Cabezon means "big head" and that's what it looks like. It's a volcanic plug, 2200 ft, the largest of those in the Mount Taylor volcanic field.
New Mexico Place Names: A Geographical Dictionary, T.M. Pearce, editor, and The Place Names of New Mexico by Robert Julyan, both note the Indian "legend" that the Cabezon is that of a giant monster slain by Twin War Gods. The Navajo called it "black rock" but the Spanish named it for what it looked like and what some believe(d) it to be.
Wait, did you see that?
In the eighties and early nineties we camped a lot. A different trip planned that Saturday got changed after the Jeep overheated. So instead of a San Pedro Parks trailhead we ended up on BLM land near the base of the head of Cabezon.
From here there was a trail to the top we thought we might attempt in the morning. We had passed a car headed out and there was no one else around. It felt safe. And there was a perfect fire ring and some wood already stacked, so we decided to camp. Today you can't camp at that place, I don't think. I'm sure that's a good thing.
It was a beautiful high spot with a spectacular view west and southwest over the surrounding pinyon and juniper. The giant hulk over our shoulders wasn't that noticeable at first. Or we ignored him.
What we noticed were other weird things happening as we set up the tent. Under every piece of wood was curled a huge bright red worm. They were all over. We flicked away dozens of them. Big swallows swooped on us, dive bombing our heads. Strange croaking noises came from behind the bushes and trees. We heard rustling noises outside our tent.
We tried not to freak out. We were experienced campers, after all. Rich with awareness and self defense training. What was there to be afraid of? We cooked steaks, warmed the potatoes, drank the wine and laughed as we pushed away worms with designated wormsticks. We ducked diving birds and wished we'd brought the dog when we thought we saw movement in the junipers.
At first it was all funny. Then it was annoying, then funny again. Then the weather changed and it got scary.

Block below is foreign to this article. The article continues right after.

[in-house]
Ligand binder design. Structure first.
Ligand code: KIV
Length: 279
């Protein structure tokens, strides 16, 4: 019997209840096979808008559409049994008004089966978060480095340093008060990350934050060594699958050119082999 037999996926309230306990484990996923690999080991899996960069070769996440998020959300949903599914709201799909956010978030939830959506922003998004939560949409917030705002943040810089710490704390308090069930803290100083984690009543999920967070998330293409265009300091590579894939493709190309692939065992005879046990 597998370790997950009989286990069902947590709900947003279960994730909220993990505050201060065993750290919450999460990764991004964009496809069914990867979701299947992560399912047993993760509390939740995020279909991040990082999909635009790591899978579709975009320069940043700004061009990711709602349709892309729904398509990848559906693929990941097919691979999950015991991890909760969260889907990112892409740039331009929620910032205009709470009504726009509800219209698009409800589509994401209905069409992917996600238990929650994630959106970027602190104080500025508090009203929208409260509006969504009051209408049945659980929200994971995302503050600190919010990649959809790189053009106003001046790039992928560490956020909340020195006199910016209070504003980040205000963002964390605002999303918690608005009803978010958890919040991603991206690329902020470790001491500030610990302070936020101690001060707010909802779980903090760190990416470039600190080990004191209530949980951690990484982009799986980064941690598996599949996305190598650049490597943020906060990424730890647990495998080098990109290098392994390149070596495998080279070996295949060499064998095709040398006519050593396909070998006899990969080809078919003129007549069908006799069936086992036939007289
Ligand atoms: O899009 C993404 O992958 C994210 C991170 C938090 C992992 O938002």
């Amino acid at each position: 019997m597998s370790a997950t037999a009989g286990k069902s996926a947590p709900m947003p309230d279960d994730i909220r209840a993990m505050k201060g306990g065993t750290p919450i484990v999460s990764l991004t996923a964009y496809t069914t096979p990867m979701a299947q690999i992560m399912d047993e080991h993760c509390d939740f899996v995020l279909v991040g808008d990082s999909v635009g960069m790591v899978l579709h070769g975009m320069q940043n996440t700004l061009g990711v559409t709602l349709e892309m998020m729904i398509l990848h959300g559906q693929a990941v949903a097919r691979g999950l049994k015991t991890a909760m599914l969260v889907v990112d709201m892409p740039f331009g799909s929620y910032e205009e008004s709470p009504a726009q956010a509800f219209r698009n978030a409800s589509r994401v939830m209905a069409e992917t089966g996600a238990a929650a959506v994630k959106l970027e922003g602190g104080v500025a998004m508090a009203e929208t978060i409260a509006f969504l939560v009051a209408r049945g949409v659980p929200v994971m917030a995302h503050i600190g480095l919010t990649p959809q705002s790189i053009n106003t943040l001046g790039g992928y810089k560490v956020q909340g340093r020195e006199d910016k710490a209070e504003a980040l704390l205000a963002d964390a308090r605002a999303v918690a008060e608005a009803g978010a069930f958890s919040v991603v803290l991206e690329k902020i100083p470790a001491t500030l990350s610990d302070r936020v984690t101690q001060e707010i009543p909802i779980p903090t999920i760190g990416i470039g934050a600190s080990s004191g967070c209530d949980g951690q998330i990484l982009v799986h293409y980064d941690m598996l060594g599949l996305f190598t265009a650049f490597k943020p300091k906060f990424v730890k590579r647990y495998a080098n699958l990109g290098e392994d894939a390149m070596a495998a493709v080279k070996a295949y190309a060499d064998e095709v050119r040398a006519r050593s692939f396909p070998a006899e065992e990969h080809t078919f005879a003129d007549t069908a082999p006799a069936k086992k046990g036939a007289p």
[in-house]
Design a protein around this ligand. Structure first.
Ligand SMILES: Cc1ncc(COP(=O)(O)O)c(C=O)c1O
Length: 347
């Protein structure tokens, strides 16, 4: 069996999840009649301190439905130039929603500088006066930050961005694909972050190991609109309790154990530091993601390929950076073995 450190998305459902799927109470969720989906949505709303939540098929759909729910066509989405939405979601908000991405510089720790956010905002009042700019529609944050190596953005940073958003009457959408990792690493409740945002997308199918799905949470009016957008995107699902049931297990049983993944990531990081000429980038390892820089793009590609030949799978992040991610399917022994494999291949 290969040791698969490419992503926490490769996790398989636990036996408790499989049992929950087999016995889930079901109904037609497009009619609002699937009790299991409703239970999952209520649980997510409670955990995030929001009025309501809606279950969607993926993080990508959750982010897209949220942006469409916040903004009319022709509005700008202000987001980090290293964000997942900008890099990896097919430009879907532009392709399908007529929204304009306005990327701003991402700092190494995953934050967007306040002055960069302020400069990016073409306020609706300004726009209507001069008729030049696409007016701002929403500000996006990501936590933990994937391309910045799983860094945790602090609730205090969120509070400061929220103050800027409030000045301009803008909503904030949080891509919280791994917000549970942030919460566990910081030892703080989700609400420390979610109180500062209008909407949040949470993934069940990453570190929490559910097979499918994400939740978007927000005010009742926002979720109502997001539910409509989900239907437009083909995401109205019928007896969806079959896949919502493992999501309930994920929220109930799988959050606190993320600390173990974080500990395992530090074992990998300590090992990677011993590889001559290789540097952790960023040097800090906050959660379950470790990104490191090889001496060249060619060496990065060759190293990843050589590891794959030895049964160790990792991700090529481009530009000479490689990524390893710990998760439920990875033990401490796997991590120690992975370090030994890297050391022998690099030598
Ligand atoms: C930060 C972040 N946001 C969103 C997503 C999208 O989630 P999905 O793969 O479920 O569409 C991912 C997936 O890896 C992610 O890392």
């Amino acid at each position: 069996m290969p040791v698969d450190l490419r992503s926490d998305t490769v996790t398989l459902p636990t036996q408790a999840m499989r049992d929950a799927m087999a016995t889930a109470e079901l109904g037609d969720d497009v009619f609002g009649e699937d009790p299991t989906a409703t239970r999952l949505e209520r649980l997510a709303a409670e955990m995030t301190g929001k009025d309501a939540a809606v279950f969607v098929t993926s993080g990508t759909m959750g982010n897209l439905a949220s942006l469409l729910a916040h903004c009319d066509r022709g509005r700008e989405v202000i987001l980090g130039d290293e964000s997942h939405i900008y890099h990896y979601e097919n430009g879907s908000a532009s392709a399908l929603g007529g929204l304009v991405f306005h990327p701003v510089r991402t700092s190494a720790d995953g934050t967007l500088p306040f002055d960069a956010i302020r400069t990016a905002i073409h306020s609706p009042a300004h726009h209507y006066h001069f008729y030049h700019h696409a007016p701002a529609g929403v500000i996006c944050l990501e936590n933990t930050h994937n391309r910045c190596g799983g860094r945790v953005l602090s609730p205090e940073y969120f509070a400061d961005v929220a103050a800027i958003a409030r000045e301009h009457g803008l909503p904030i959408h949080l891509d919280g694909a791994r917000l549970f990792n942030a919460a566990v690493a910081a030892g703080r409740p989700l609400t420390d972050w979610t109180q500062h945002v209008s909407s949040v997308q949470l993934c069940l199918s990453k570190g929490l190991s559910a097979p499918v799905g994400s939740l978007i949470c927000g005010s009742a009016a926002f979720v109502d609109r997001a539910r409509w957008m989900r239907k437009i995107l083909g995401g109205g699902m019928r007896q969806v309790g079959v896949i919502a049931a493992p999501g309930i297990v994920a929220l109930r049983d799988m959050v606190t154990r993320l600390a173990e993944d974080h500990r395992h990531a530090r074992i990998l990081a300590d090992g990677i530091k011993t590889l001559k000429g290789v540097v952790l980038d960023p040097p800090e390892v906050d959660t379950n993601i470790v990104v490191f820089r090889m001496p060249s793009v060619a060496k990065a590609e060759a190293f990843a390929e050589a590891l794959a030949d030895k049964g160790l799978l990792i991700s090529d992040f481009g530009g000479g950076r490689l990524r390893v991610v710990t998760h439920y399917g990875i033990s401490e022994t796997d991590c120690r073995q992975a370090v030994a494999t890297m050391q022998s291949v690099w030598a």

Get in the truck, quick.
The afternoon had been clear and warm. Within an hour of our arrival a cloud grew on top of Cabezon. We didn't really notice since a lot of other things were going on. Then the thunder and lightning began. Spectacular roaring and bright strikes on top of the mountain. It sounded like a fight. Rain raged down and wind bent the big tent in on us. We thought we heard yelling, we later recalled. We cowered, amazed and off guard, shouting at each other over the rolling thunder. The windows were down on the truck and the tent floor was flooding.
We decided to make a run for the truck but in the time it took to unzip the tent, it all stopped. Silence except for dripping. As we walked over to the jeep, stunned, the sun came out from behind clouds low in the west. Everything turned bright pink and purple. The temperature rose to a balmy degree.
We couldn't speak. In the last moment we had both been silently resigned to packing up and going home - a savage defeat for a weekend camper. Now, again without a word, we pulled wood from under the truck, started a small fire and finished the dinner we'd started.
Warm low light lit up the desert and the other rocky knobs. But Cabezon looked even blacker. It seemed to absorb this light.
I heard it too.
When the other noises started we were cozy in the tent - dried out after the storm and tucked into down beds on the air mattress. At first it sounded like a small mammal running or scratching. I got up and checked it out 3 or 4 times, each time shining the flashlight on the quiet nothing. This kept both of us awake for at least three hours.
Then we both had a dream. Or maybe it wasn't, because whether or not we had fallen asleep is still unclear. What we both heard, or dreamed we heard, was someone walking outside the tent and saying, quietly, "Check this out!"
We were awake then. Unmoving. Petrified panic. Whispering. ::Man. Out there. Now::
No noise for what seemed minutes. We tried to make our frantic breath silent.
Then in a crazy fit I reached for the flashlight, the tent zipper, fumbling out of my sleeping bag into moccasins, stooping up and out of the tent, standing up into the warm, clear, empty, silent night. There was nobody there.
The stars were incredible. I looked up at how they outlined the blackness of the head. There was suddenly nothing in the world but space and that blackness. That moment I saw that this was his mischief. Or worse. The birds and worms and croaking were warnings and he was only just getting started.
Sometime later I heard from a friend of an archeologist who worked on pipeline surveys around there, that some of his Native American workers objected to camping within sight of Cabezon. This is hearsay but I believe it.
It is also interesting to note the grim fate of the agricultural settlements in this part of the Rio Puerco Valley. They included a village called Cabezon, or La Posta, a stage stop for fresh horses on a route from Santa Fe to old Fort Wingate.
From Julyan: The development of alternative transportation routes, overgrazing by sheep, and a falling water table along the Rio Puerco caused a general decline in the region.